Castelnuovo-tedesco: Chamber Music
Label: BRILLIANT CLASSICS
Format: COMPACT DISC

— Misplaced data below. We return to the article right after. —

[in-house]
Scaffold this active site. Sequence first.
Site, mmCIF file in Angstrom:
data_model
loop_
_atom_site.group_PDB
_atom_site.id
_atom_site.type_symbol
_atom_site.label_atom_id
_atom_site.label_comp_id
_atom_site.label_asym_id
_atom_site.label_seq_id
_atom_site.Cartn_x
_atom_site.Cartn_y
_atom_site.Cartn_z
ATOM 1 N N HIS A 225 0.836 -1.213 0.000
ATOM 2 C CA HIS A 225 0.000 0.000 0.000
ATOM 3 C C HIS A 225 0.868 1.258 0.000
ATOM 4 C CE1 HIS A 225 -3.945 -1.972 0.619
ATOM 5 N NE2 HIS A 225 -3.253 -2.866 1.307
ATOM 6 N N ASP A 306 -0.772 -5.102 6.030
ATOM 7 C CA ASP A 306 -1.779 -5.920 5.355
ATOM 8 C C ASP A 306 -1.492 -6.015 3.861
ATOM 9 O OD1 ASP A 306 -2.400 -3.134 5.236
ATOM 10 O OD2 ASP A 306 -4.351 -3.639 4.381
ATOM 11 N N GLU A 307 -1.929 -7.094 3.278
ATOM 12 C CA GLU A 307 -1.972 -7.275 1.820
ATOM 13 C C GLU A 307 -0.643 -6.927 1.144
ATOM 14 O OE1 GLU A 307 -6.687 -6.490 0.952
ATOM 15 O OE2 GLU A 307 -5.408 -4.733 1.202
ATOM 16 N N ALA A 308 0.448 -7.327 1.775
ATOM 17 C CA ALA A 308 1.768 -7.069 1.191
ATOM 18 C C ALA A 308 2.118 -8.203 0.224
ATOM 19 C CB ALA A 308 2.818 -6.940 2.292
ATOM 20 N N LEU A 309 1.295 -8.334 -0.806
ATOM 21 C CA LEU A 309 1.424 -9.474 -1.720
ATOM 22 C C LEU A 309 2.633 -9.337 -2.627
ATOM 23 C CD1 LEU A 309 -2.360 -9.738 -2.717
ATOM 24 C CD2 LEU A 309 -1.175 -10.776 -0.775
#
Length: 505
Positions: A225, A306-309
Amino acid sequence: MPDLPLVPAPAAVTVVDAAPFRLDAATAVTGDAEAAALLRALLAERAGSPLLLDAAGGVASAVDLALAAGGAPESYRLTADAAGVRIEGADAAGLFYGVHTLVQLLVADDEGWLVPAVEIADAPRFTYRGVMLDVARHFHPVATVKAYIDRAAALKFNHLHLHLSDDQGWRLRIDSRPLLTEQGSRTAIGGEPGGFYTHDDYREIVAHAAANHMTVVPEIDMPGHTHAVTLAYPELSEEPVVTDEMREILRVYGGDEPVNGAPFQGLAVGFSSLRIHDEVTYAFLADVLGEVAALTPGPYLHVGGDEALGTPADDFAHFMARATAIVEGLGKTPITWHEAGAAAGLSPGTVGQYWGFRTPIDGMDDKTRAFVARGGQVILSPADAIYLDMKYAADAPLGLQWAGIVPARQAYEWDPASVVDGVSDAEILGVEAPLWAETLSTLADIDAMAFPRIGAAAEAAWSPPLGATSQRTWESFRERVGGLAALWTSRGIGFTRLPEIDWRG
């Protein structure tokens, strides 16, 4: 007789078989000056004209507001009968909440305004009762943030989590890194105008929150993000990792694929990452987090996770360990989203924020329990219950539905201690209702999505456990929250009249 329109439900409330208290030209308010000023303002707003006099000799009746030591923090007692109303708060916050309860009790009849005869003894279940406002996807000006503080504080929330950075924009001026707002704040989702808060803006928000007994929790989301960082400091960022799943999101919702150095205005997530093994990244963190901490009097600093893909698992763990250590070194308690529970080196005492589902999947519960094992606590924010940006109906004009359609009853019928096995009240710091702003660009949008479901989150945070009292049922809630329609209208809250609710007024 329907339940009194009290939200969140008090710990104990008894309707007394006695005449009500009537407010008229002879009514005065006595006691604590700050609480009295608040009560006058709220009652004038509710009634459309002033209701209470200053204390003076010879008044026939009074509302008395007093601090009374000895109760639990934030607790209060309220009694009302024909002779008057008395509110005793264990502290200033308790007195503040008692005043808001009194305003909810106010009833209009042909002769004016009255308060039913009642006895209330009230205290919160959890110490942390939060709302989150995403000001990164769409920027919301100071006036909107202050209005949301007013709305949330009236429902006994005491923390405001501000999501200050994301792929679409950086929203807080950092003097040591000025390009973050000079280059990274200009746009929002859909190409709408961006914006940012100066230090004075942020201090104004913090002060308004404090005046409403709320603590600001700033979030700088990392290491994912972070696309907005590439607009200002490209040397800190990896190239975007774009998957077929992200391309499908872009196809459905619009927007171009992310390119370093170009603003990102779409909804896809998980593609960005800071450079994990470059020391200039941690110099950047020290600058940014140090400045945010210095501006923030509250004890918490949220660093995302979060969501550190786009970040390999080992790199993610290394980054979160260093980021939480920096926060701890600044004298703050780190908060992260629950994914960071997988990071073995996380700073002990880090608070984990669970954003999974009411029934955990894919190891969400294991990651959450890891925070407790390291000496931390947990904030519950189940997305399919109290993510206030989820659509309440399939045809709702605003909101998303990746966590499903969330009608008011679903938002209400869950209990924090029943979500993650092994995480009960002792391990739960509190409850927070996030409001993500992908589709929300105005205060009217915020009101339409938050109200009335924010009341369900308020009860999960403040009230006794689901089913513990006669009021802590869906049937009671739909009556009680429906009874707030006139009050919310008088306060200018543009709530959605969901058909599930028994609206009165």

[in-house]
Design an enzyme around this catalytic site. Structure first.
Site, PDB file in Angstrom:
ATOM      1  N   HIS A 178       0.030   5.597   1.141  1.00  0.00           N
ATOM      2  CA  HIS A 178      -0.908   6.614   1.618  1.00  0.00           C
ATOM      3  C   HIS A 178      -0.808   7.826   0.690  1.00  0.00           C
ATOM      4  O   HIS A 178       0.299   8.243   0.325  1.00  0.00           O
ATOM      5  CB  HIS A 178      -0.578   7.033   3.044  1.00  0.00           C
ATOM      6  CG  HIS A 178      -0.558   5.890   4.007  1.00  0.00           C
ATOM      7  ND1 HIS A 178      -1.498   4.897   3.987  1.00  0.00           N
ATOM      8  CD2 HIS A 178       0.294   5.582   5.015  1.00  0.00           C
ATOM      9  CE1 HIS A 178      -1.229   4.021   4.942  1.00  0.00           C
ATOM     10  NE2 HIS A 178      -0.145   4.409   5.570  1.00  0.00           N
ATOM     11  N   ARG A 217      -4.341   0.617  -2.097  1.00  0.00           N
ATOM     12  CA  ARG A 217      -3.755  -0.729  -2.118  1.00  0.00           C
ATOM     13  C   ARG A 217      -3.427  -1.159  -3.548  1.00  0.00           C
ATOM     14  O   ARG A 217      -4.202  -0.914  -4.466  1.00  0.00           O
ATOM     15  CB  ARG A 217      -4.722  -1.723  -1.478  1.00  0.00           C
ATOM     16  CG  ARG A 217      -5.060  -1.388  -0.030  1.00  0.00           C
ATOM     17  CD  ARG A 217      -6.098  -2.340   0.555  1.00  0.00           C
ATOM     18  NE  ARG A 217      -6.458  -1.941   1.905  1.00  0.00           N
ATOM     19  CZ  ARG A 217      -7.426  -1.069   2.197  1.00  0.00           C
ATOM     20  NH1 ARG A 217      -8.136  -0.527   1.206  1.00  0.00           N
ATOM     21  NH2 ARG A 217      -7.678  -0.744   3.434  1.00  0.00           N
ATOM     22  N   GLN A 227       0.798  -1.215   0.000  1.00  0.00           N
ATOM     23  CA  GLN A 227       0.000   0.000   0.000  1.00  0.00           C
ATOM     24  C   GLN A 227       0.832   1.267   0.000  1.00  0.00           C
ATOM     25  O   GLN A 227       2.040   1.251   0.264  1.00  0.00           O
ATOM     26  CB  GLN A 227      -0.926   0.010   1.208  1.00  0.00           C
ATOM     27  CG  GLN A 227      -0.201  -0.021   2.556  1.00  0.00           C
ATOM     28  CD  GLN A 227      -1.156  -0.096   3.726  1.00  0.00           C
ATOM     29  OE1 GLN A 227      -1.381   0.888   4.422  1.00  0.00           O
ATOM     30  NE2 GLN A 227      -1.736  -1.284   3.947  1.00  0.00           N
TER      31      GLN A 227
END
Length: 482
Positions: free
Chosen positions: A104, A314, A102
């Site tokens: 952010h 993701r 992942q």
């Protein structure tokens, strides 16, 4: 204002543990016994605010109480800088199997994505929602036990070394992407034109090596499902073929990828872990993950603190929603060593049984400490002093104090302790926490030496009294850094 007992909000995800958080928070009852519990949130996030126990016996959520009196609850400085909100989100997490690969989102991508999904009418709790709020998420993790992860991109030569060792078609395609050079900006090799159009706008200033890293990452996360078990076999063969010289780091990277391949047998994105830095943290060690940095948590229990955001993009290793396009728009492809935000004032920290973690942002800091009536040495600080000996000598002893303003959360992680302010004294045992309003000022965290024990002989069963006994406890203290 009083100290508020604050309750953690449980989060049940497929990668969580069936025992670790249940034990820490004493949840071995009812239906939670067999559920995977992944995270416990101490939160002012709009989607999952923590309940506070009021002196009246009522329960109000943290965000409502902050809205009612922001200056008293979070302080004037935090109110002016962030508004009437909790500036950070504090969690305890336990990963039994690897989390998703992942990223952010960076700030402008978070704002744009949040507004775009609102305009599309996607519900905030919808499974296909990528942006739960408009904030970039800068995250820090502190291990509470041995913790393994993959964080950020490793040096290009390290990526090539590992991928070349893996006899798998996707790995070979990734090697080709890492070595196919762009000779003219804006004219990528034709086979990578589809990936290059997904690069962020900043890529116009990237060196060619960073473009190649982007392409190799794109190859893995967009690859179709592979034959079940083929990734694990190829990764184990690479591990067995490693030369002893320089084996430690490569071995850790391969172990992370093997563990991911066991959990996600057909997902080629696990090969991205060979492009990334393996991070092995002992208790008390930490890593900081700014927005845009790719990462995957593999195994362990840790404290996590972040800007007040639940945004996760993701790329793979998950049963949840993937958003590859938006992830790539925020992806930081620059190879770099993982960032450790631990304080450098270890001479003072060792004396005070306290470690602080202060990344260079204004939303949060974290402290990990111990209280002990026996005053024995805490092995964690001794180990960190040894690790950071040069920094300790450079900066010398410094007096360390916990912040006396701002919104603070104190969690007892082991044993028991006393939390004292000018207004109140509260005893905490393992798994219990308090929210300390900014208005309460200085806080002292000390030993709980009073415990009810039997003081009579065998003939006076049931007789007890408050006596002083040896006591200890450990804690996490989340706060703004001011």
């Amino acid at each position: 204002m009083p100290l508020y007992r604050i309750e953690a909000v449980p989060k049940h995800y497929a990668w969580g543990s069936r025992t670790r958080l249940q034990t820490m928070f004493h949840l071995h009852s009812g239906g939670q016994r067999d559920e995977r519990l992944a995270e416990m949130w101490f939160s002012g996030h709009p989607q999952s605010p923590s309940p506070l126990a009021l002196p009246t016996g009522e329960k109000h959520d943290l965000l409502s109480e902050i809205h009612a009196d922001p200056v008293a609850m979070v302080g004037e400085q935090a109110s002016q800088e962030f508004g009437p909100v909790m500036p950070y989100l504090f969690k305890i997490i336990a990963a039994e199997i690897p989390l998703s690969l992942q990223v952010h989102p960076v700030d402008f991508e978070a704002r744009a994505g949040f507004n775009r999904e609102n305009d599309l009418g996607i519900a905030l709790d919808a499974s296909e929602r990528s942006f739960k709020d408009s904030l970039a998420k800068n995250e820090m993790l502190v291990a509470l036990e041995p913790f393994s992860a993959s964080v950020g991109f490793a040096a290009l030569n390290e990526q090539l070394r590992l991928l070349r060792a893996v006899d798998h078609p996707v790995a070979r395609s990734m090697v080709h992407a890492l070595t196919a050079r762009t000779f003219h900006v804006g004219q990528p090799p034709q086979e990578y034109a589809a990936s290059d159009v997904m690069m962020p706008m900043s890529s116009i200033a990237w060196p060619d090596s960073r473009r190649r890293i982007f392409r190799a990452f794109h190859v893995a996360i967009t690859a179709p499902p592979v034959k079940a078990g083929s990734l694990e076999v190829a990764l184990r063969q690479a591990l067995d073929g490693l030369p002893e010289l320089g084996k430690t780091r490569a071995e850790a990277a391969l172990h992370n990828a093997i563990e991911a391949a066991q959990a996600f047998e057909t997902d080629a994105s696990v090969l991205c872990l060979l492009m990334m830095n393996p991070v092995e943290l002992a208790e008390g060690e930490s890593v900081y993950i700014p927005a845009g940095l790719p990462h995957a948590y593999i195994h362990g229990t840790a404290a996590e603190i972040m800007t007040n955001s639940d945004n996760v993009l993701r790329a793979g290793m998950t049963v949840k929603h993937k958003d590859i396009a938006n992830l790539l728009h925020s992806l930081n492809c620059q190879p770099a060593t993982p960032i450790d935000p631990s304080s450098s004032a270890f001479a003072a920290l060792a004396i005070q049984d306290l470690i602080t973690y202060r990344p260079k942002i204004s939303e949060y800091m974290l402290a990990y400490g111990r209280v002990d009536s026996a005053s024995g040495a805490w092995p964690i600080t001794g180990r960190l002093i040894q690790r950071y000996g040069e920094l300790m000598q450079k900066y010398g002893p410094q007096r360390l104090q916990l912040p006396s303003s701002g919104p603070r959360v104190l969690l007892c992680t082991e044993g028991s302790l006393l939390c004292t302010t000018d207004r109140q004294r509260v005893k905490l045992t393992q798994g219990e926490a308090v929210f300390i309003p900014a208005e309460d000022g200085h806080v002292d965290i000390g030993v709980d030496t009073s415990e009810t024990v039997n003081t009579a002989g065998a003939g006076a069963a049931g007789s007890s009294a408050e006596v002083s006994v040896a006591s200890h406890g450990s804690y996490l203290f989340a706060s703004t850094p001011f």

Not least thanks to a growing catalogue of albums on Brilliant Classics, the multi-faceted work of Mario Castelnuovo-Tedesco (1895-1970) is experiencing a renaissance. The guitar music he wrote for Segovia has until recently overshadowed the vocal and chamber pieces which speak with the composer’s own voice, that of an Italian lyricist at heart whose intimate acquaintance with world literature and the whole history of music – he was fluent in at least six languages – lend cosmopolitan charm and a lightness of touch to a style encapsulated by ‘20th-century Impressionism’. Both the Cello Sonata Op.50 (1928) and the Second Piano Trio (1932) date from Castelnuovo-Tedesco’s early maturity in Italy, when he was known as a musical man of parts, equally adept as a performer, a composer and a writer on music. The two-movement form of the Cello Sonata is unusual but successful, capitalizing on the solo instrument’s propensity for long cantabile lines with a spaciously unfolding opening arioso, followed in Beethovenian fashion with an ‘arietta con variazioni’ that does indeed evoke a mood of 18th-century elegance. The G minor Piano Trio, as befits its key signature, is a much more turbulent work, even in its central Romance with variations. Castelnuovo-Tedesco composed his Clarinet Sonata towards the end of the Second World War, having emigrated to the US in 1938, in flight from Mussolini’s persecution of the Jews. He appears not to have had a particular performer in mind, though the clarinet was enjoying new-found status as a solo instrument due to Benny Goodman’s commissioning of pieces from the likes of Copland and Milhaud, and his colleague on the composing staff at MGM Studios, Nathaniel Shillkret, was also a fine clarinetist. The Sonata’s Classical four-movement structure is infused with Romantic melody, shimmering piano textures and jazz-inflected harmonies.